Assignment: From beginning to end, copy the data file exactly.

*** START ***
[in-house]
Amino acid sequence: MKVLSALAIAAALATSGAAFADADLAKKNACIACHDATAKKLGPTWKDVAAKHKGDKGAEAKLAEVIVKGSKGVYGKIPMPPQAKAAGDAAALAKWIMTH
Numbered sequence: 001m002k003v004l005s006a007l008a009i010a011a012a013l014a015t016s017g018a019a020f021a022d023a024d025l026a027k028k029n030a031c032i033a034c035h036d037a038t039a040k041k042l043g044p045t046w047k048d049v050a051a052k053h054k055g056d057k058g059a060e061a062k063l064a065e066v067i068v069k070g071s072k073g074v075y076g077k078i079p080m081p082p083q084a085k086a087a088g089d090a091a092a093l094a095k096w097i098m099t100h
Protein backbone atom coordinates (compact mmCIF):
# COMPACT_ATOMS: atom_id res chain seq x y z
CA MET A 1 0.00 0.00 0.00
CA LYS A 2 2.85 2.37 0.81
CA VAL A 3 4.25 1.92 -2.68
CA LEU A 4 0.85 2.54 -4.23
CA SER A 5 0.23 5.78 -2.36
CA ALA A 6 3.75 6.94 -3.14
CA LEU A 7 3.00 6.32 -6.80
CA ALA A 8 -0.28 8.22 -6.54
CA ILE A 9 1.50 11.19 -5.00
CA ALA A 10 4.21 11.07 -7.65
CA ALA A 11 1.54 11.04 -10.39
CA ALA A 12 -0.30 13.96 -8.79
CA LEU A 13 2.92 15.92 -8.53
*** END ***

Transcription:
[in-house]
Amino acid sequence: MKVLSALAIAAALATSGAAFADADLAKKNACIACHDATAKKLGPTWKDVAAKHKGDKGAEAKLAEVIVKGSKGVYGKIPMPPQAKAAGDAAALAKWIMTH
Numbered sequence: 001m002k003v004l005s006a007l008a009i010a011a012a013l014a015t016s017g018a019a020f021a022d023a024d025l026a027k028k029n030a031c032i033a034c035h036d037a038t039a040k041k042l043g044p045t046w047k048d049v050a051a052k053h054k055g056d057k058g059a060e061a062k063l064a065e066v067i068v069k070g071s072k073g074v075y076g077k078i079p080m081p082p083q084a085k086a087a088g089d090a091a092a093l094a095k096w097i098m099t100h
Protein backbone atom coordinates (compact mmCIF):
# COMPACT_ATOMS: atom_id res chain seq x y z
CA MET A 1 0.00 0.00 0.00
CA LYS A 2 2.85 2.37 0.81
CA VAL A 3 4.25 1.92 -2.68
CA LEU A 4 0.85 2.54 -4.23
CA SER A 5 0.23 5.78 -2.36
CA ALA A 6 3.75 6.94 -3.14
CA LEU A 7 3.00 6.32 -6.80
CA ALA A 8 -0.28 8.22 -6.54
CA ILE A 9 1.50 11.19 -5.00
CA ALA A 10 4.21 11.07 -7.65
CA ALA A 11 1.54 11.04 -10.39
CA ALA A 12 -0.30 13.96 -8.79
CA LEU A 13 2.92 15.92 -8.53